4. Palatability: For picky eaters, the taste, texture, and smell of wet cat food may be more appealing, encouraging your cat to consistently consume the required amount of food.
  5. Easy Digestion: Wet cat food can be easier to digest for cats with sensitive stomachs or dental issues, as it’s softer and often contains fewer fillers.
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  1. Lack of Dental Benefits: Unlike dry food, wet food does not provide any dental benefits due to its soft texture, which doesn’t help to clean teeth during chewing.
  2. Shelf Life and Storage: Once opened, wet food has a short shelf life and must be refrigerated within a few hours to prevent spoilage.
  3. Cost: Wet cat food is generally more expensive than dry food, which can be a concern for some cat owners.

The Case for Dry Food

Dry cat food, commonly referred to as kibble, is a dehydrated food product specifically formulated for cats. Kibble usually consists of a mixture of proteins, fats, and carbohydrates, as well as added vitamins and minerals. The extrusion process used in making dry cat food removes most of the moisture, leaving a crunchy, shelf-stable product.


  • Dental Health: Dry cat food has a crunchy texture that can help clean your cat’s teeth as they chew, reducing plaque and tartar buildup. This can contribute to overall dental health and help prevent gum disease and tooth decay.
  • Convenience: One of the most significant advantages of dry cat food is its convenience. Kibble can be easily stored and doesn’t require refrigeration, making it an excellent option for busy cat owners. Additionally, you can leave kibble out for your cat to graze on throughout the day without worrying about spoilage – something that can’t be done with wet food.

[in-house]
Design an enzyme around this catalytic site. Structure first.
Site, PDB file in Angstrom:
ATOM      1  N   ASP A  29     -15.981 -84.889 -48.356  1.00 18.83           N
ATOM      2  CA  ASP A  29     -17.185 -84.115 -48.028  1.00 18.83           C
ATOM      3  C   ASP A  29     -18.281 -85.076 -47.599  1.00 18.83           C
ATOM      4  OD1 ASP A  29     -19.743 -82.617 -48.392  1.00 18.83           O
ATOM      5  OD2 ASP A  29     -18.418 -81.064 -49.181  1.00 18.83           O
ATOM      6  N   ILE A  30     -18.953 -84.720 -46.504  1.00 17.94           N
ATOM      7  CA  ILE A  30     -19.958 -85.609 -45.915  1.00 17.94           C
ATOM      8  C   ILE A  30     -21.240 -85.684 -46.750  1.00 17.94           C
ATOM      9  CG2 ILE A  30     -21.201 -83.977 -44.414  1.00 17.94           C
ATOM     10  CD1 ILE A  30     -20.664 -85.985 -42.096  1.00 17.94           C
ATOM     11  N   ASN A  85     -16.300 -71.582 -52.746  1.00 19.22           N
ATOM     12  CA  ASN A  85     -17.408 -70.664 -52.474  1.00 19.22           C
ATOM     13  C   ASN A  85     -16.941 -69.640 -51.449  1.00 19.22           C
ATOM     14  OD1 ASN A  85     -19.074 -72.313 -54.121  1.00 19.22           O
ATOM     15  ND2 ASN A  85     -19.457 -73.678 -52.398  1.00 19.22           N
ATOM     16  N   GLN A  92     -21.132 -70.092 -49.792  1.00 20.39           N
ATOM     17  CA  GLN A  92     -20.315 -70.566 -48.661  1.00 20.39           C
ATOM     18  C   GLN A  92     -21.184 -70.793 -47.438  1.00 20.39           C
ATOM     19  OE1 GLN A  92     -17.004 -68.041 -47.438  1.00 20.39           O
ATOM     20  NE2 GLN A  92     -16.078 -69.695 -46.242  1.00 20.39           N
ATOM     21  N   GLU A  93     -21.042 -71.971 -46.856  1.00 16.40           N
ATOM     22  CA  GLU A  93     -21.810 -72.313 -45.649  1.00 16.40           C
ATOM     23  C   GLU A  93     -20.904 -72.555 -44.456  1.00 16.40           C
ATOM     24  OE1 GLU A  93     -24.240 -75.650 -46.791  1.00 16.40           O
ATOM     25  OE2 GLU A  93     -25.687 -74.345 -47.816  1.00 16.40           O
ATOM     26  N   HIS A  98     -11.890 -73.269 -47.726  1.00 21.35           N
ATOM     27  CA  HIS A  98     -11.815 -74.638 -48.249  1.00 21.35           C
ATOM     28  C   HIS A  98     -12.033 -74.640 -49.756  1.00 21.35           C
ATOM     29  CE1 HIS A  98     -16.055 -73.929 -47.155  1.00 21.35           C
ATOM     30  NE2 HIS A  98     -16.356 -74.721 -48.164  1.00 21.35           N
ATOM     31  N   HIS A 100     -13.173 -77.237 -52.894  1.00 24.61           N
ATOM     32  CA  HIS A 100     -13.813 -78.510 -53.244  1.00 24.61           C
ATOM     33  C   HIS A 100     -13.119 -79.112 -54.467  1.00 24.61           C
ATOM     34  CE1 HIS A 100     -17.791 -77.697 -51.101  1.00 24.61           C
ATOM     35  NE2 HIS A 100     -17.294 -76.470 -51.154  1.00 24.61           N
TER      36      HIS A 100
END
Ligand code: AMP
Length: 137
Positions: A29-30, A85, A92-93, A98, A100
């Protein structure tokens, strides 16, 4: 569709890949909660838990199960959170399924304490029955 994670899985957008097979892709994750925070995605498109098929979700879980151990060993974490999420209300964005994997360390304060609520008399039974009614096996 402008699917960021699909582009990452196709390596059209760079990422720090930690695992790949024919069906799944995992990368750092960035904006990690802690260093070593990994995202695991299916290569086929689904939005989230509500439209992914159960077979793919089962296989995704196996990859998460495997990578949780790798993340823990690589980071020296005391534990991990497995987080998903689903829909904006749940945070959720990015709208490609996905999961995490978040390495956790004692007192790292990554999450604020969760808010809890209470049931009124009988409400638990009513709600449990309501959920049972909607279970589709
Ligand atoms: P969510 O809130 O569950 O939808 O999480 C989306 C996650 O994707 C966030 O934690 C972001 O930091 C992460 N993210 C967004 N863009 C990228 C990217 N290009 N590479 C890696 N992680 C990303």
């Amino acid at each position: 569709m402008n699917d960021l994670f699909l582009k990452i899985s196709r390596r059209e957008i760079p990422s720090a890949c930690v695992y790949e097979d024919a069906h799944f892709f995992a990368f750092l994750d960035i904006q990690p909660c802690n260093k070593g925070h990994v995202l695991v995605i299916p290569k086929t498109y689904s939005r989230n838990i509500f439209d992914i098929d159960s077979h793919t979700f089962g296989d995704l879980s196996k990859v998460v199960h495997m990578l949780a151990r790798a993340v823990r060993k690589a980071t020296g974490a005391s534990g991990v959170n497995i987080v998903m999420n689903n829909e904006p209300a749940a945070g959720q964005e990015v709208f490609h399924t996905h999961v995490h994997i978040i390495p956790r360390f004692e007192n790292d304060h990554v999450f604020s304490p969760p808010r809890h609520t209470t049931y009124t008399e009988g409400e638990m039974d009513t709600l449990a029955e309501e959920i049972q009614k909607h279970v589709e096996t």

• Cost and Storage: Dry food is generally less expensive than wet food, making it a budget-friendly option for cat owners. Due to its low moisture content, you can purchase in bulk and store the food for extended periods without worrying about it going bad.
  • Portion Control: Dry food can be measured and portion-controlled easily, helping you maintain your cat’s healthy weight. This may be especially beneficial for cats prone to obesity or with specific dietary needs.
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  • Preservation: Once open, wet food needs refrigeration and should be used within a few hours to prevent spoilage.
  • Hydration: Dry cat food contains very little moisture, and some cats may struggle to drink enough water to maintain proper hydration, which is essential for their overall health. This may not be ideal for cats with kidney or urinary issues, who require a higher water intake.
  • Carb Content: Some dry cat foods have high carbohydrate content, which can contribute to obesity and diabetes in cats. When selecting a dry food, it’s crucial to choose a high-quality, well-balanced option with a high protein content and low carbohydrates.

The Verdict

So, should your cat eat wet or dry food? The answer depends on your cat’s needs. Some cats might thrive on dry food, while others may do better on wet food. A balanced approach, including both dry and wet food, often works best.

Remember, before you make any changes to your cat’s diet, consult your vet to ensure that your cat continues to receive the nutrition they need.